One of the big complaints against God is when bad things happen to good people. I don't mean like a nice guy getting a parking ticket because he was late getting to his car. I mean really bad things and really good people like kids getting cancer or elderly widows getting robbed and beaten. The usual refrain is "How could God let this happen?" followed by some conclusion that He must not be out there, chalilah or otherwise uncaring or impotent when it comes to daily affairs.
Does anyone else out there get the impression that this kind of statement betrays an infantile understand of God and His role in the big scheme of things?
It seems to me that there are two main kinds of bad events - those that are caused by other people and those that seem to occur at random. Let me first discuss the former.
Consider first the Jewish principle of free will. As we all know it is an underlying foundation of our faith. It's what makes our behaviours and the observance of mitzvos so valuable. Without free will we are automatons who do what we're supposed to but there's really no point to it all. If I keep kosher despite my lusting for a good meal at McDonald's it's a lot different than if I keep kosher simply because I know of no other way to eat because a treif meal has never occurred to me. Free will is essential.
So should there be limits on that free will? If the thug about the home invade the little old lady's condo knows for certain that lightning will strike him the minute he goes to kick in the door will he still attempt the robbery? Or has he lost a bit of his free will because he decides he'd rather not be a sizzling pile of goo on the floor? If free will is an absolute value how could God decide to abrogate it in this case? If He does then where is His red line?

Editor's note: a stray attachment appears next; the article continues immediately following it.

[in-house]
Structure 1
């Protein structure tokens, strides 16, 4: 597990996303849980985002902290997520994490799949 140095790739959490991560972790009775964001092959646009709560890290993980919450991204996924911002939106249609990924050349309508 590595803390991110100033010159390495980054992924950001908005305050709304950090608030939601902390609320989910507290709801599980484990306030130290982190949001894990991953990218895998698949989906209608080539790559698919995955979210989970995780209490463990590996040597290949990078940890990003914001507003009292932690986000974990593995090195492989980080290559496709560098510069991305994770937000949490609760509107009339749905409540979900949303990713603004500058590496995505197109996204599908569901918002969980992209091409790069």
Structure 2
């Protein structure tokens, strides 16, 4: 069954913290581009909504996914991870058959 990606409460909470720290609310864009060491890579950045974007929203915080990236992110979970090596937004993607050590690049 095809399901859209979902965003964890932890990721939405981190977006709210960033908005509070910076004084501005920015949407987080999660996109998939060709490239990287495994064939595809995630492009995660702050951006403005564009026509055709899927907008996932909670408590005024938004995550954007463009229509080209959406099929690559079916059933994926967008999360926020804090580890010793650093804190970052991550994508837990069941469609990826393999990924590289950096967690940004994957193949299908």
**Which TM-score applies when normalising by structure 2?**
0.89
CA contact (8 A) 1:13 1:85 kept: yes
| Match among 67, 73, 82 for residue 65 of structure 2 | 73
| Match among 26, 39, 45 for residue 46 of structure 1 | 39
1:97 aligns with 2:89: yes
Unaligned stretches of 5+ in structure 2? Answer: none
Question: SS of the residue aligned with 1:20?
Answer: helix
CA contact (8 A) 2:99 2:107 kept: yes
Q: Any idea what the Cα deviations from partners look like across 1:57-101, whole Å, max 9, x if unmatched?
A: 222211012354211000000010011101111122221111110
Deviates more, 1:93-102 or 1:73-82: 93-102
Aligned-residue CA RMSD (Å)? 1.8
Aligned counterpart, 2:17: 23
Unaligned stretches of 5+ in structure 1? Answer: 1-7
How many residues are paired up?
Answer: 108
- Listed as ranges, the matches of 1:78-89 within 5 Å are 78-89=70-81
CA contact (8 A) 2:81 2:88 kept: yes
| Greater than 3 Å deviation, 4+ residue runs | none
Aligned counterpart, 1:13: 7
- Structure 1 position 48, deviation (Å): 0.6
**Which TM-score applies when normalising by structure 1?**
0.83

After all it's easy to pick up the extreme cases but after those it gets trickier. Yes, fry all the home invaders because they're about to commit violence and theft, two things God abhors. Well according to the Torah God abhors lots of other things. Most of Wall Street and every Pride Parade would also be legitimate targets if Heavenly fire was a regular occurrence. While the atheoskeptic crowd might applaud the untimely and spectacular demise of the Lehman brothers they would be enraged when the queer crowd gets zapped.
Consider it in even more banal terms. You're a Jew about to eat a cheeseburger at McDonalds and a large spectral hand comes down and flicks your Happy Meal into the garbage. Might that not annoy you? Might not "Mind Your own business!" flick through your head?
In short, when it comes to person-on-person injustice we're okay with God interfering when we feel He should and outraged when we feel He shouldn't. We are quite ready to sacrifice someone else's free will when it suits us, but only when it suits us.
But let's move on to the second category because the implications here are a bit deeper.
A 2 year old presents to the local emergency room with intractable vomiting. After various investigations an MRI is done which shows a brain tumour. Despite excellent medical care part of the tumour survives the operation. Another one can't be done without causing significant brain damage which means the child is slowly doomed to death as the cancer regrows.